US national security adviser Tom Donilon promotes military ties in Beijing
National security adviser sets the stage for a summit between Xi Jinping and Barack Obama
US National Security Adviser Tom Donilon pushed for stronger military ties with China yesterday, the final day of a visit to Beijing to set the stage for a presidential summit next month between Xi Jinping and Barack Obama.
Non-traditional military activities such as peacekeeping, disaster relief and anti-piracy operations offer opportunities to boost co-operation and "contribute to greater mutual confidence and understanding", Donilon told General Fan Changlong , a vice-chairman of the Central Military Commission.
A "healthy, stable, and reliable military-to-military relationship" is an essential part of Sino-US ties, Donilon said at the Defence Ministry building in Beijing.
In another high-profile defence meeting, senior Chinese and US military officials in Beijing yesterday pledged further naval co-operation.
Deputy Chief of General Staff Qi Jianguo told visiting US Pacific Fleet Commander Cecil Haney that China would work with the United States to deepen military trust and co-operation, Xinhua reported.
Donilon, meanwhile, met Chinese officials over two days to hammer out plans for the June 7-8 summit, the first face-to-face meeting between the presidents since Obama's re-election and Xi's promotion to Communist Party chief in November.
Their informal summit at the private Sunnylands estate of the late publishing tycoon Walter Annenberg in southern California will come months before the two leaders had been originally scheduled to meet, underscoring concerns that the US-China relationship is drifting.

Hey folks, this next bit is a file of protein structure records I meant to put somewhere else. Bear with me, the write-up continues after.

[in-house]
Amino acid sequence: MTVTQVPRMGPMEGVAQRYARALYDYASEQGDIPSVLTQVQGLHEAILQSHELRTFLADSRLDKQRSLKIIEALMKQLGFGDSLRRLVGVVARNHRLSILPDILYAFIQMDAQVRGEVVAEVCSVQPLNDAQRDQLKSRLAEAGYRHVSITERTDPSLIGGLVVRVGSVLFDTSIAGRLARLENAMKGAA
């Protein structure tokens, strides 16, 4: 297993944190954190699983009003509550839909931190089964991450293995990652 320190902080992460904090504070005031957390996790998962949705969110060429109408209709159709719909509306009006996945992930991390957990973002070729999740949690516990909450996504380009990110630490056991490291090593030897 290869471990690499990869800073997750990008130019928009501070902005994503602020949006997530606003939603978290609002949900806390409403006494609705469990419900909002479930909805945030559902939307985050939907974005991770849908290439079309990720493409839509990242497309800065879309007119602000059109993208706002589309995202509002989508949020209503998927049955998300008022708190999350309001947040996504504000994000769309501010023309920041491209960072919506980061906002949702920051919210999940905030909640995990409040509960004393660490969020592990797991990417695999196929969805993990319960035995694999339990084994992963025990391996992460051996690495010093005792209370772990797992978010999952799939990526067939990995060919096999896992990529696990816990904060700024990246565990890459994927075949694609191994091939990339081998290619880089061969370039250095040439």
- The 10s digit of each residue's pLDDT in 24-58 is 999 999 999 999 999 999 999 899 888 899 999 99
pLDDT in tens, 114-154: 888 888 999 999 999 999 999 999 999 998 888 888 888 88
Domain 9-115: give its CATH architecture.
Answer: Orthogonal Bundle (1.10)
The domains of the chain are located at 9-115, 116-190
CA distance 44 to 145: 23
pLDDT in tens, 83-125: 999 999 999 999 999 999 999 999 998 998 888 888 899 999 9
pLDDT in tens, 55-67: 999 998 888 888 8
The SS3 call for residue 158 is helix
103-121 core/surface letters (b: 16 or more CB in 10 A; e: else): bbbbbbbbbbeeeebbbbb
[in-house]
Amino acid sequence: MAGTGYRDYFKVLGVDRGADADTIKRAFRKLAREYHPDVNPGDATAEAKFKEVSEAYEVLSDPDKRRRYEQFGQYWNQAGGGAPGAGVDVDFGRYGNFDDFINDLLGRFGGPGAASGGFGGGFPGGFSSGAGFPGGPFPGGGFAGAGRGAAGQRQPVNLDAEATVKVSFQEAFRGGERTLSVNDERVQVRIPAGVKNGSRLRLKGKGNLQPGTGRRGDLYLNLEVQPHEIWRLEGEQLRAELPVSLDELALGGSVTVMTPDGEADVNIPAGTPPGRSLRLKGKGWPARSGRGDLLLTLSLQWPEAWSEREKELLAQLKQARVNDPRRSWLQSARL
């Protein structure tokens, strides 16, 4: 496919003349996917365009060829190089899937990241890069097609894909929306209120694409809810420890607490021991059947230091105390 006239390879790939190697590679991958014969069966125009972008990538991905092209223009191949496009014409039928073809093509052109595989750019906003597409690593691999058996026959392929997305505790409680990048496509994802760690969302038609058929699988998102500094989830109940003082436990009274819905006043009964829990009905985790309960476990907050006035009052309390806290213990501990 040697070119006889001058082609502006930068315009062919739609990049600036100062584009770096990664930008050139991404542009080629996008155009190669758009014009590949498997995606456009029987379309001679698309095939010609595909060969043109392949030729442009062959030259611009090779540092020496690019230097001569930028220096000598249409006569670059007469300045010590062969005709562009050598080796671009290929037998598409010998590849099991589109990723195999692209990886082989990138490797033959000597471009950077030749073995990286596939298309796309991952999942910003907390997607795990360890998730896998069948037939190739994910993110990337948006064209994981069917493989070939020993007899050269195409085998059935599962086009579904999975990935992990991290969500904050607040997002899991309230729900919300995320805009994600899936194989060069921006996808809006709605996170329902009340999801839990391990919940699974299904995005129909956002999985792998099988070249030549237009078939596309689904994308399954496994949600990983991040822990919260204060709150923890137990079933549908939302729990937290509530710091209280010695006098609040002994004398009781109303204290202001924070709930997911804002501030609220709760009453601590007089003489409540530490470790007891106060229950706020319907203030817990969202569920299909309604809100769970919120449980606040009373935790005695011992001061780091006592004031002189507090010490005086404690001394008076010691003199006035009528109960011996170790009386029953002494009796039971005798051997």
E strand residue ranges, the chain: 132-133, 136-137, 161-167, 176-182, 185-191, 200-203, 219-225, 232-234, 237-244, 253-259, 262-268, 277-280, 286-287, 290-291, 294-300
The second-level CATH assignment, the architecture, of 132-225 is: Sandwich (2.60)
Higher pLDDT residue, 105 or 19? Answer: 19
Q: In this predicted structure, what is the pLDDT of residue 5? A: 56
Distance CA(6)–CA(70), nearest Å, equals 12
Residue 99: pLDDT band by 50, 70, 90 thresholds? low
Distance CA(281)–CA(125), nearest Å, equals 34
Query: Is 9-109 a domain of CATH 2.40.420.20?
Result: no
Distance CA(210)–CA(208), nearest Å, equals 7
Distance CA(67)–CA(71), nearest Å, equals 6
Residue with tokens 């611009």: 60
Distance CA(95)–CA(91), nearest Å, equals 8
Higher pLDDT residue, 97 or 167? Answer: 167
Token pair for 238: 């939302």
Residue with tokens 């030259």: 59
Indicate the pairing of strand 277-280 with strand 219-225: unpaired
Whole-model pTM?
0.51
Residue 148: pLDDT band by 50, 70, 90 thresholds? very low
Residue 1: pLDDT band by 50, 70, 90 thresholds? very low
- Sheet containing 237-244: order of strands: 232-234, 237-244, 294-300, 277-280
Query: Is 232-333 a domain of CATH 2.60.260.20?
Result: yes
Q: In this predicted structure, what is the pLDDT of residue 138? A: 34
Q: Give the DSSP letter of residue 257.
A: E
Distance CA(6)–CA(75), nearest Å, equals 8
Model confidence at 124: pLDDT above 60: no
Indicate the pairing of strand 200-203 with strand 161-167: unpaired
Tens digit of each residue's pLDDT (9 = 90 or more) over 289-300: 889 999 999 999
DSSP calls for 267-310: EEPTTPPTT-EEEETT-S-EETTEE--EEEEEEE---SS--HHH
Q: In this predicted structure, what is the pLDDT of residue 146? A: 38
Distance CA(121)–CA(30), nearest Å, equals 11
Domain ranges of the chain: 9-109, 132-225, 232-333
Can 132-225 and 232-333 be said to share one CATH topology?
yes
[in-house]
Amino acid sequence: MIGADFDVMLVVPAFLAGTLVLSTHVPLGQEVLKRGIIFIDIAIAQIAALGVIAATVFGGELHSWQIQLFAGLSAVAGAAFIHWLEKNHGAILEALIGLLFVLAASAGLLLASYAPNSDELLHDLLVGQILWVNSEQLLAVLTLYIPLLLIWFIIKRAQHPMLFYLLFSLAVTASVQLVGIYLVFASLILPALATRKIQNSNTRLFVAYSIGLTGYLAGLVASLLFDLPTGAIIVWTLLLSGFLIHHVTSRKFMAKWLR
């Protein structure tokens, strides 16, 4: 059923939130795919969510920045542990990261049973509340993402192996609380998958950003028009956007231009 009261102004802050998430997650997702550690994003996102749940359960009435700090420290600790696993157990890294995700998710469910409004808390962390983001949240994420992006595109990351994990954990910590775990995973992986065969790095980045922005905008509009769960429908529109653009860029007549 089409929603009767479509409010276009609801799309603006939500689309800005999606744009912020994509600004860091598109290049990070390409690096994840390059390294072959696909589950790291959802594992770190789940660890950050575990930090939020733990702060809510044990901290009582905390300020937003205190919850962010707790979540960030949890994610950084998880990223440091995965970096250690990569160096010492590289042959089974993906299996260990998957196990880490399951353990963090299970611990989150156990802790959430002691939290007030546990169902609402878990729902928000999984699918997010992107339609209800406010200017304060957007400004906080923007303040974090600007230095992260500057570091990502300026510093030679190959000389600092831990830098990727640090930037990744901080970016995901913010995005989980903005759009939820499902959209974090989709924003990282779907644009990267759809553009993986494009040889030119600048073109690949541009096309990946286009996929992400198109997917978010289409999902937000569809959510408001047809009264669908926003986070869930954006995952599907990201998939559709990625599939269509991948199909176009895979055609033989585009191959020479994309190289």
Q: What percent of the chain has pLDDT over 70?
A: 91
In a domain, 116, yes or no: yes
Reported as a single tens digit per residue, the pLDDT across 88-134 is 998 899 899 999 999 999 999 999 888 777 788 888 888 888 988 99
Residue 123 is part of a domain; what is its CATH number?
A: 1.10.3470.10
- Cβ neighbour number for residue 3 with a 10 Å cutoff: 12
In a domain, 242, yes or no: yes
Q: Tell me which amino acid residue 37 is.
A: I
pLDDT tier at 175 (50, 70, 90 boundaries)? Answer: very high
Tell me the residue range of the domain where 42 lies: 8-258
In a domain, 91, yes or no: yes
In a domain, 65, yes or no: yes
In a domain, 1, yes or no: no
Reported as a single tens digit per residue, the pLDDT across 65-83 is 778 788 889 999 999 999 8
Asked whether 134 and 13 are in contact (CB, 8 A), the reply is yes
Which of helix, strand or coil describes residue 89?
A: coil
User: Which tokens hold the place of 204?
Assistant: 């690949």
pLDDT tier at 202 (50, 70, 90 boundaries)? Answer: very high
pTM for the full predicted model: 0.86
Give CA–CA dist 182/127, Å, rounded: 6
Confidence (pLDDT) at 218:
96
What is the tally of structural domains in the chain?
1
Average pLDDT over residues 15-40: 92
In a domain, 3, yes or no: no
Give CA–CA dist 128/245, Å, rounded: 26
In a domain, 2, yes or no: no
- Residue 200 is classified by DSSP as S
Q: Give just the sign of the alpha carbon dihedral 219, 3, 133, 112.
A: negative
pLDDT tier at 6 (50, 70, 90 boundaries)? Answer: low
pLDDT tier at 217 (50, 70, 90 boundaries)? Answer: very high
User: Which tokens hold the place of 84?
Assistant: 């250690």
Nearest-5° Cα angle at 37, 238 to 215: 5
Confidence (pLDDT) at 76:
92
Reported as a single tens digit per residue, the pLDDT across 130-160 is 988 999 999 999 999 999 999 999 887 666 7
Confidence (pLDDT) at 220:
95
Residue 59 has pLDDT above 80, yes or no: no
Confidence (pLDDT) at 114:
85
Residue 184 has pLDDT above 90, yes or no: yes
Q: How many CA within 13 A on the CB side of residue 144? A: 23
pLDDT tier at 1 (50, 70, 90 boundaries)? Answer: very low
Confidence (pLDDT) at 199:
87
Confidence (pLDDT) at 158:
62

Xi told Donilon that relations were at a critical juncture, and that the sides must now "build on past successes and open up new dimensions for the future".
Building trust between their militaries is one of the main challenges the sides face in seeking to bridge relations, troubled by issues from trade disputes to allegations of cyberspying.
Although Washington and Beijing have talked about boosting military ties for more than a decade, distrust runs high and disagreements over Taiwan, North Korea and competing territorial claims in the East and South China seas remain potential flashpoints.
The US has repeatedly questioned the purpose of China's heavy military build-up over the past two decades, while Beijing is suspicious of Washington's focus on military alliances in Asia.
Steps to increase benign interactions between their militaries have been modest so far, including joint anti-piracy drills in the Gulf of Aden and a classroom natural-disaster-response simulation. The US has also invited China to take part in large US-led multinational naval exercises.
In a separate meeting yesterday, Vice-Premier Wang Yang told Donilon that the two countries must better co-ordinate their economic policies.
Wang urged both countries to acquire a deeper understanding of each other's economic development strategies and policies.
Associated Press, Bloomberg